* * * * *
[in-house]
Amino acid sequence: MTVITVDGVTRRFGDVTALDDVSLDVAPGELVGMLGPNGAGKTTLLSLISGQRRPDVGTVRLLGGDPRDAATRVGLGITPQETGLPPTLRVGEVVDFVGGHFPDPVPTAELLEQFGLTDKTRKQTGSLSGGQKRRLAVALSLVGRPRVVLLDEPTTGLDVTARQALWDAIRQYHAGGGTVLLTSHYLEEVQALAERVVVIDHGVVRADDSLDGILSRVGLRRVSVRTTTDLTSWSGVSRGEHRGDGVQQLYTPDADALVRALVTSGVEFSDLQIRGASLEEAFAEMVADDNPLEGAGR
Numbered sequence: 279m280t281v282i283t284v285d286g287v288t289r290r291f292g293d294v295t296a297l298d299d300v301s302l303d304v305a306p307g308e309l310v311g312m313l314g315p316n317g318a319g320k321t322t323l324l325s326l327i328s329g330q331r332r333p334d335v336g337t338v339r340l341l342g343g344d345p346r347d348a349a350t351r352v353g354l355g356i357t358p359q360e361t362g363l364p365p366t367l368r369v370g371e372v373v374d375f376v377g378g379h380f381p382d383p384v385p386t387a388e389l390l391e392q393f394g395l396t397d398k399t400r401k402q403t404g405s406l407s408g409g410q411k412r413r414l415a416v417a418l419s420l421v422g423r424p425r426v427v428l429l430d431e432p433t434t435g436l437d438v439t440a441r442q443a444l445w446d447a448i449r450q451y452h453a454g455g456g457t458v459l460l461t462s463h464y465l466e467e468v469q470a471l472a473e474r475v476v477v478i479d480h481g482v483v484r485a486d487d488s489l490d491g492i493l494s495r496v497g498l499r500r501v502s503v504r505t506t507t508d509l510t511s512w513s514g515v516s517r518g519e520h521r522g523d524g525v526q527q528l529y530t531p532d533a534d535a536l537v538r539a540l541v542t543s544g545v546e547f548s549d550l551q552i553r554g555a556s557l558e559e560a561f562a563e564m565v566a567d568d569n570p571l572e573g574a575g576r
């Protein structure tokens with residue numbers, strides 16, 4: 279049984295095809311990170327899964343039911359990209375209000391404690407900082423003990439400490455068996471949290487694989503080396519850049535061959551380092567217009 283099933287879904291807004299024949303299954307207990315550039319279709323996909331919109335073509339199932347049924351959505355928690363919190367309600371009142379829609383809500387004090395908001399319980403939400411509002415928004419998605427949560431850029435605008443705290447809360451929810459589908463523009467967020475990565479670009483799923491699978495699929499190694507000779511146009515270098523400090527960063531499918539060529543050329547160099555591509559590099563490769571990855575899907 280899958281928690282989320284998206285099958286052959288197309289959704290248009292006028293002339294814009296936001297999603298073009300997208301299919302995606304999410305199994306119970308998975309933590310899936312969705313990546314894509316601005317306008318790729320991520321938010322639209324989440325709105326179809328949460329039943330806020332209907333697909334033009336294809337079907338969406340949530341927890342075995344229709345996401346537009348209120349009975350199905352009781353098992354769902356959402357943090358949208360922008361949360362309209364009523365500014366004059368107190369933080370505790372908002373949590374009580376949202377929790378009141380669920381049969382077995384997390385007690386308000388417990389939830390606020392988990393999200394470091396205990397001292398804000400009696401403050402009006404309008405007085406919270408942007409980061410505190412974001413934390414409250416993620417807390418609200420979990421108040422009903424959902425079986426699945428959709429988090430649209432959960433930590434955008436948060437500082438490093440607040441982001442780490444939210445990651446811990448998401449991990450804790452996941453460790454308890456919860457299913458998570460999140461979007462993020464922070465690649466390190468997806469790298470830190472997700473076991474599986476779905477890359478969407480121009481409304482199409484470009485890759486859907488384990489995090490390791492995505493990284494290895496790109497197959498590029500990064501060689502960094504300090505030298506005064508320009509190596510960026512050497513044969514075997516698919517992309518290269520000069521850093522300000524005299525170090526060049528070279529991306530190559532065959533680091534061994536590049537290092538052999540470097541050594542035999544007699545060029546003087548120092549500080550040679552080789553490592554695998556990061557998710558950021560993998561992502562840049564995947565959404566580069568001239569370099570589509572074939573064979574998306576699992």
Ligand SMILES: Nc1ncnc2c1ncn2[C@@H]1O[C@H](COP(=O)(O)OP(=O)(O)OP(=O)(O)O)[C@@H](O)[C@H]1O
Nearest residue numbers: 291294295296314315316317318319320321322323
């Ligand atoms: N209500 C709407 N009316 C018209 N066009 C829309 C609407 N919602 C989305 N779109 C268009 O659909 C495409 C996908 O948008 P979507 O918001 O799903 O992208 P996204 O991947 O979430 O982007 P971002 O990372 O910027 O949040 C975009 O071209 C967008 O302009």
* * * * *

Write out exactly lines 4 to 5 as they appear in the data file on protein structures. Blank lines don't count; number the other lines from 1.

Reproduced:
């Protein structure tokens with residue numbers, strides 16, 4: 279049984295095809311990170327899964343039911359990209375209000391404690407900082423003990439400490455068996471949290487694989503080396519850049535061959551380092567217009 283099933287879904291807004299024949303299954307207990315550039319279709323996909331919109335073509339199932347049924351959505355928690363919190367309600371009142379829609383809500387004090395908001399319980403939400411509002415928004419998605427949560431850029435605008443705290447809360451929810459589908463523009467967020475990565479670009483799923491699978495699929499190694507000779511146009515270098523400090527960063531499918539060529543050329547160099555591509559590099563490769571990855575899907 280899958281928690282989320284998206285099958286052959288197309289959704290248009292006028293002339294814009296936001297999603298073009300997208301299919302995606304999410305199994306119970308998975309933590310899936312969705313990546314894509316601005317306008318790729320991520321938010322639209324989440325709105326179809328949460329039943330806020332209907333697909334033009336294809337079907338969406340949530341927890342075995344229709345996401346537009348209120349009975350199905352009781353098992354769902356959402357943090358949208360922008361949360362309209364009523365500014366004059368107190369933080370505790372908002373949590374009580376949202377929790378009141380669920381049969382077995384997390385007690386308000388417990389939830390606020392988990393999200394470091396205990397001292398804000400009696401403050402009006404309008405007085406919270408942007409980061410505190412974001413934390414409250416993620417807390418609200420979990421108040422009903424959902425079986426699945428959709429988090430649209432959960433930590434955008436948060437500082438490093440607040441982001442780490444939210445990651446811990448998401449991990450804790452996941453460790454308890456919860457299913458998570460999140461979007462993020464922070465690649466390190468997806469790298470830190472997700473076991474599986476779905477890359478969407480121009481409304482199409484470009485890759486859907488384990489995090490390791492995505493990284494290895496790109497197959498590029500990064501060689502960094504300090505030298506005064508320009509190596510960026512050497513044969514075997516698919517992309518290269520000069521850093522300000524005299525170090526060049528070279529991306530190559532065959533680091534061994536590049537290092538052999540470097541050594542035999544007699545060029546003087548120092549500080550040679552080789553490592554695998556990061557998710558950021560993998561992502562840049564995947565959404566580069568001239569370099570589509572074939573064979574998306576699992």
Ligand SMILES: Nc1ncnc2c1ncn2[C@@H]1O[C@H](COP(=O)(O)OP(=O)(O)OP(=O)(O)O)[C@@H](O)[C@H]1O